|Perl: the Markov chain saw|
My question is: have I overlooked something? Did something change in Catalyst since the helpers were written that has caused this behavior? More curiosity now that I've goten it "working" than anything else.
The behavior of the index/default stuff changed significantly between 5.7 and 5.8, IIRC. Since Cat is on 5.9 it's a bit hazy. It's probably just an oversight on playing catch-up since the change was made before the most recent version of Handel was released. You might file a ticket if have time.
Catalyst is a solid and very deep framework that won't disappear soon and unless you are doing websockets or something it won't stop you from doing whatever you like. That said, it's not maintained well enough right now for its size (so I say). Most of the major core players have moved on and community activity has been lower for about 3 years. Might be expected for a mature kit. I have been using Catalyst in personal sites for 8 years and production code for 6; total of something like 15 applications. I doubt I will ever write another based in Catalyst though; not for myself anyway. And this snippet from the Test::Mojo doc gives a peek at the why-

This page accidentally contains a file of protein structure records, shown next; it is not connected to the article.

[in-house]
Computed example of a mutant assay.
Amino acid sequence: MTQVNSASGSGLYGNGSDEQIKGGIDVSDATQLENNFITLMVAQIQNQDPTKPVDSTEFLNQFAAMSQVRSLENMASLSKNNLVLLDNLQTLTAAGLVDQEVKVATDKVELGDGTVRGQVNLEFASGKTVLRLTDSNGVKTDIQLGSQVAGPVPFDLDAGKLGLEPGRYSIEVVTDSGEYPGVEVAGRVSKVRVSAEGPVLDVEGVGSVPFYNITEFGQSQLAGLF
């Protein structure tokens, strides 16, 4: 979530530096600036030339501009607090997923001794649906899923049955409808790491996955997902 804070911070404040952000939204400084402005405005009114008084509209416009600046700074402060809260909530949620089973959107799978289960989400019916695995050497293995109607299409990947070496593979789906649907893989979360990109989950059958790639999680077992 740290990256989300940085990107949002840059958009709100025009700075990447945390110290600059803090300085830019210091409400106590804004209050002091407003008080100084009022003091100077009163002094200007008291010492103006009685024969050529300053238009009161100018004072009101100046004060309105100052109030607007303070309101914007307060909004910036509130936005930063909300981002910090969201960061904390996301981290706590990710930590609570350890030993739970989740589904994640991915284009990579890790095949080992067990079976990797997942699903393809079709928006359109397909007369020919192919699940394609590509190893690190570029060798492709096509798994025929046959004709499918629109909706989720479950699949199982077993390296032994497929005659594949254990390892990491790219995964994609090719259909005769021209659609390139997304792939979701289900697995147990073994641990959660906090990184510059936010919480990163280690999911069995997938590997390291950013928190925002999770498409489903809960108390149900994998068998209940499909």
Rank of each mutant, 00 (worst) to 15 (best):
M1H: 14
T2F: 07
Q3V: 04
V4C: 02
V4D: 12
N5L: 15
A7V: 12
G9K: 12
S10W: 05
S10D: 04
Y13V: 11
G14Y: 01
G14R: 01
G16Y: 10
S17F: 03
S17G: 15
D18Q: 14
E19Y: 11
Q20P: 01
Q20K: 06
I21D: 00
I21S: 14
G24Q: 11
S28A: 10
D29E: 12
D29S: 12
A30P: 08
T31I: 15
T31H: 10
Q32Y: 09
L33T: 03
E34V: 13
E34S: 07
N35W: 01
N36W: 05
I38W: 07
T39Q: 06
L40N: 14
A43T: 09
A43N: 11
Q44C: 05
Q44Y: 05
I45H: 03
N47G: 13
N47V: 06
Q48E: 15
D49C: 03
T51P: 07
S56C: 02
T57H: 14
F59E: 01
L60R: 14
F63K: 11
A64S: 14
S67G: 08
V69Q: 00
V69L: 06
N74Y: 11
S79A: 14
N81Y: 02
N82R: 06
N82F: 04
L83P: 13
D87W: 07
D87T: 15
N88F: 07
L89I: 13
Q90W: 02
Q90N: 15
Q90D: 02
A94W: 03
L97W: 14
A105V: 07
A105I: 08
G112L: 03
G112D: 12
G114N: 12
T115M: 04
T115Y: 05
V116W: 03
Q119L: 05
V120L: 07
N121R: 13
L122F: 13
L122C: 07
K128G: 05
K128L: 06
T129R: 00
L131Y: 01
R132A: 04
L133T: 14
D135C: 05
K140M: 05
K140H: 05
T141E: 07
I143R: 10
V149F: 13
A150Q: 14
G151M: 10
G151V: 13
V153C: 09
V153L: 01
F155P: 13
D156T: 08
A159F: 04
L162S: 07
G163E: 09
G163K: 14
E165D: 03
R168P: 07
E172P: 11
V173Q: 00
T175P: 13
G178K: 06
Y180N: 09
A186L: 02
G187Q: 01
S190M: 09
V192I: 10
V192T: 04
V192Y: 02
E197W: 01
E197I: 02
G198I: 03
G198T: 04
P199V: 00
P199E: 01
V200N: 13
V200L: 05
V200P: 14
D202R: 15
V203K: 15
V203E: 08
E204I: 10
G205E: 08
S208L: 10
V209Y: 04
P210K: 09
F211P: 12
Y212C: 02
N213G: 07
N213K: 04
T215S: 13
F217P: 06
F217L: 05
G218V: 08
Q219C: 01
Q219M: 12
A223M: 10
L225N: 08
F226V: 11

Writing tests for Mojo is so easy it's goofy and it neatly fits with actual Mojo code. Tests for Catalyst are easy on one hand but they, in my view, are disjointed from Catalyst code and are difficult and arcane to do anything outside the beaten path.
I've come to believe that solid tests are the only way for an application to outlast the initial developer's infatuation with the project. Mojo also recaptures the clear brevity I so love about Perl.
Sidenote: Catalyst's biggest selling point has always been flexibility -- it's Ruby on Rails without having pre-laid *all* the rails. And one of the most attractive parts here was deployment flexibility. Plack/PSGI has mostly slain that beast.
Dancer isn't the only other game in town either. There are several microframeworks and others at a similar level like Amon2. There's nothing wrong with looking around and sampling as many as you like.